The eyelids serve to protect the eye from foreign matter, such as dust, dirt, and other debris, as well as bright light that might damage the eye. When you blink, the eyelids also help spread tears over the surface of your eye, keeping the eye moist and comfortable.

The eyelashes help filter out foreign matter, including dust and debris, and prevent these from getting into the eye.

Conjunctiva

The conjunctiva is a thin, transparent layer of tissues covering the front of the eye, including the sclera and the inside of the eyelids. The conjunctiva keeps bacteria and foreign material from getting behind the eye. The conjunctiva contains visible blood vessels that are visible against the white background of the sclera.

Sclera

The white part of the eye that one sees when looking at oneself in the mirror is the front part of the sclera. However, the sclera, a tough, leather-like tissue, also extends around the eye. Just like an eggshell surrounds an egg and gives an egg its shape, the sclera surrounds the eye and gives the eye its shape.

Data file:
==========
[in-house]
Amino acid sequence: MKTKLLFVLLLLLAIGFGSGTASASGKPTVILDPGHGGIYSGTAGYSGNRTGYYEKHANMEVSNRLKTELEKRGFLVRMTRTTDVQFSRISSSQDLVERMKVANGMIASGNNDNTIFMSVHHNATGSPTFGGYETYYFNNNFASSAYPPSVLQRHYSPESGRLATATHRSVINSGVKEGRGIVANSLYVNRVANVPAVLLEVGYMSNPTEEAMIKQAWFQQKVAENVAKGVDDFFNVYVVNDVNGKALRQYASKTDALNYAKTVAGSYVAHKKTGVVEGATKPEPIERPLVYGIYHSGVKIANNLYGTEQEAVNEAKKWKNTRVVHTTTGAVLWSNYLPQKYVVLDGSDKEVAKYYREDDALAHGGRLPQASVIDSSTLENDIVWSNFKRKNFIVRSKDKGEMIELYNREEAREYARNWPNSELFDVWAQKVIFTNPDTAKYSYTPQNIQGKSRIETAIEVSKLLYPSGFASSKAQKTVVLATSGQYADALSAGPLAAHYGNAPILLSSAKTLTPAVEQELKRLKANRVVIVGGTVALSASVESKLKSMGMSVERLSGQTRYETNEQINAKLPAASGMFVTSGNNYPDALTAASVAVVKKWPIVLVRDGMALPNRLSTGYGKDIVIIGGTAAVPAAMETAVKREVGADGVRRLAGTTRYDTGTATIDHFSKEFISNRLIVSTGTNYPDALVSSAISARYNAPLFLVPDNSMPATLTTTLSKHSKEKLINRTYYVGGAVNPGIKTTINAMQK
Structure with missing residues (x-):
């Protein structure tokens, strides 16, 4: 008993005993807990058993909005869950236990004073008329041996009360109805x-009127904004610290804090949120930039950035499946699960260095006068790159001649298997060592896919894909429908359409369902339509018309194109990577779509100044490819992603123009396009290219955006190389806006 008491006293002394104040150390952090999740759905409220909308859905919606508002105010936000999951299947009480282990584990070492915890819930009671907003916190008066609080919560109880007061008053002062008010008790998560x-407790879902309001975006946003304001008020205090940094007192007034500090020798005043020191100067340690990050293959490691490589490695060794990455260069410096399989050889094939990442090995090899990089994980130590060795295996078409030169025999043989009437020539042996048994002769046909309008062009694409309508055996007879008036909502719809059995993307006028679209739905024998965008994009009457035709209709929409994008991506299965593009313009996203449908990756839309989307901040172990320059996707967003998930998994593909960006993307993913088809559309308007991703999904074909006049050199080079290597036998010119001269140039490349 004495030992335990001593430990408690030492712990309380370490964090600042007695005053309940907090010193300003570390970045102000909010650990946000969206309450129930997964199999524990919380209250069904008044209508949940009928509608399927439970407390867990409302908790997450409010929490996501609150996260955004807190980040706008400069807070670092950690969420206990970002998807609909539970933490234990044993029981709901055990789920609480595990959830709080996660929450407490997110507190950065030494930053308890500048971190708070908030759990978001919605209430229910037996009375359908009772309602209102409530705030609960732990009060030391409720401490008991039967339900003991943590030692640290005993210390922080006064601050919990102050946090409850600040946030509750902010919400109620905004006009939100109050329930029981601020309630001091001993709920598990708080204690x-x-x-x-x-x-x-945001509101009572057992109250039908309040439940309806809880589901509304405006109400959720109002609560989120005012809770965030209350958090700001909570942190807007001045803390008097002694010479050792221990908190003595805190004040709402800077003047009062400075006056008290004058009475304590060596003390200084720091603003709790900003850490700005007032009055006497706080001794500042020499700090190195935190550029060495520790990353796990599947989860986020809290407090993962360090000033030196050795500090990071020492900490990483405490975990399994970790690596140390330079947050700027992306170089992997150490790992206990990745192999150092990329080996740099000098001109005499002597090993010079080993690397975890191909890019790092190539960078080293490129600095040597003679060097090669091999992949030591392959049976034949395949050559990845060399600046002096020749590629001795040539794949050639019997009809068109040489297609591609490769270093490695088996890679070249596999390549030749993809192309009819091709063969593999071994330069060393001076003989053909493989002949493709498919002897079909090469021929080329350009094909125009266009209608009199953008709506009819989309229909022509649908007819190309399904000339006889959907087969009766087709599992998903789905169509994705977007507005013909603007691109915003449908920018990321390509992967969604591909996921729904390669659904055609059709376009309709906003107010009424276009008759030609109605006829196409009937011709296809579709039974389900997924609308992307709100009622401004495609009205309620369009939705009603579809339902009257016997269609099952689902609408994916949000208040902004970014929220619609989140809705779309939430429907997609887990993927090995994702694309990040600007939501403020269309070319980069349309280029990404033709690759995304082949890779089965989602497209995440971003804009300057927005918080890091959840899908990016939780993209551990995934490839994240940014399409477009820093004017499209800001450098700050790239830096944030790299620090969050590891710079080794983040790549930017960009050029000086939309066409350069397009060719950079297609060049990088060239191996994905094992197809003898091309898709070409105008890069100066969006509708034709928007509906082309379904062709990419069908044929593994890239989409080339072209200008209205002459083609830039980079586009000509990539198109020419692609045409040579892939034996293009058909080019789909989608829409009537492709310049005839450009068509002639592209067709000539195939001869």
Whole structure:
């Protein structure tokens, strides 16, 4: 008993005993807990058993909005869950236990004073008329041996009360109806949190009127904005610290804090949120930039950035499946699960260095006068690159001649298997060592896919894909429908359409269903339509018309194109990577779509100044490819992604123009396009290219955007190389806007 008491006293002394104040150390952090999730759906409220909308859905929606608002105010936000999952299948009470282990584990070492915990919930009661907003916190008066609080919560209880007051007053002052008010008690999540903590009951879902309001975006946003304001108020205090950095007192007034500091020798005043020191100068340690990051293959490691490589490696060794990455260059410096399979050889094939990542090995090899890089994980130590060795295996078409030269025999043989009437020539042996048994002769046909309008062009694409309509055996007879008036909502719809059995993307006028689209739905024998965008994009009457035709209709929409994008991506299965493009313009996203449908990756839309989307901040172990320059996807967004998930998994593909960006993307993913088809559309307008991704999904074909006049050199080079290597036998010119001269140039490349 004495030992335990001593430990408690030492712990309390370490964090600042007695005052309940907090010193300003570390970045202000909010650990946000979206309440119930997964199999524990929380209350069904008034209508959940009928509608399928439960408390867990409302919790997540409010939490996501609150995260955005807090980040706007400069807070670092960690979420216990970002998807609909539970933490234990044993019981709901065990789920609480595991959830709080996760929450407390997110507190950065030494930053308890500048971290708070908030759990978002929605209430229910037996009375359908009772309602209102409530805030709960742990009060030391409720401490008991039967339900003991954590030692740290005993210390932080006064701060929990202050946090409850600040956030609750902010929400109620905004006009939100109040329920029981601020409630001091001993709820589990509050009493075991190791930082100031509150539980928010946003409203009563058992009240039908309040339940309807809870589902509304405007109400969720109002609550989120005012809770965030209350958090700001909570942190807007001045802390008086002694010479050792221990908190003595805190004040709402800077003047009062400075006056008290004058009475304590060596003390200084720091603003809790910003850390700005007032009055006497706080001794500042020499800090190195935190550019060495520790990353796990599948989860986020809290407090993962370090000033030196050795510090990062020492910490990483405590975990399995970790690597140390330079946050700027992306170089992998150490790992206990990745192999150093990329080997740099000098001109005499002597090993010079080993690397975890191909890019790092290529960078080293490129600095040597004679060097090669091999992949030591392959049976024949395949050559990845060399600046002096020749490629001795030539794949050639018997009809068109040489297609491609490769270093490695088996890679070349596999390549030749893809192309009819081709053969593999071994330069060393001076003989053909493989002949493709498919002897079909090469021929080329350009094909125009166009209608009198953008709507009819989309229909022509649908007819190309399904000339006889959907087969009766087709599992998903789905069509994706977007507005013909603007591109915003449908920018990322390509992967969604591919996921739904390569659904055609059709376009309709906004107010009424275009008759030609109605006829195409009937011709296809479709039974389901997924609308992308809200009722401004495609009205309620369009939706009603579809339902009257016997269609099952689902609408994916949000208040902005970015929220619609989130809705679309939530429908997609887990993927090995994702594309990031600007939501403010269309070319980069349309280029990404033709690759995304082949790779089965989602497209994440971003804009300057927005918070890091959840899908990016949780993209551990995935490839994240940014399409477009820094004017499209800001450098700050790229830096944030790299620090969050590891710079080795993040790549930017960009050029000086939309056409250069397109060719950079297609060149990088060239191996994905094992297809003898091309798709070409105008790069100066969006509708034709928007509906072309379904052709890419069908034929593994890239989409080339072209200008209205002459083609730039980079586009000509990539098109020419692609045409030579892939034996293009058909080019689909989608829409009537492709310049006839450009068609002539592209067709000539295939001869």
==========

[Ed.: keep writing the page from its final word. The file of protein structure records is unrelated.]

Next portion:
The extraocular muscles attach to the sclera. These muscles pull on the sclera causing the eye to look left or right, up or down, and diagonally.

Cornea

The cornea is the transparent, clear layer at the front and center of the eye. In fact, the cornea is so clear that one may not even realize it is there. The cornea is located just in front of the iris, which is the colored part of the eye. The main purpose of the cornea is to help focus light as it enters the eye. If one wears contact lenses, the contact lens rests on the cornea.

Anterior Chamber

The anterior chamber is the fluid-filled space immediately behind the cornea and in front of the iris. The fluid that fills this chamber is called the aqueous humor. The aqueous humor helps to nourish the cornea and the lens.

Iris and Pupil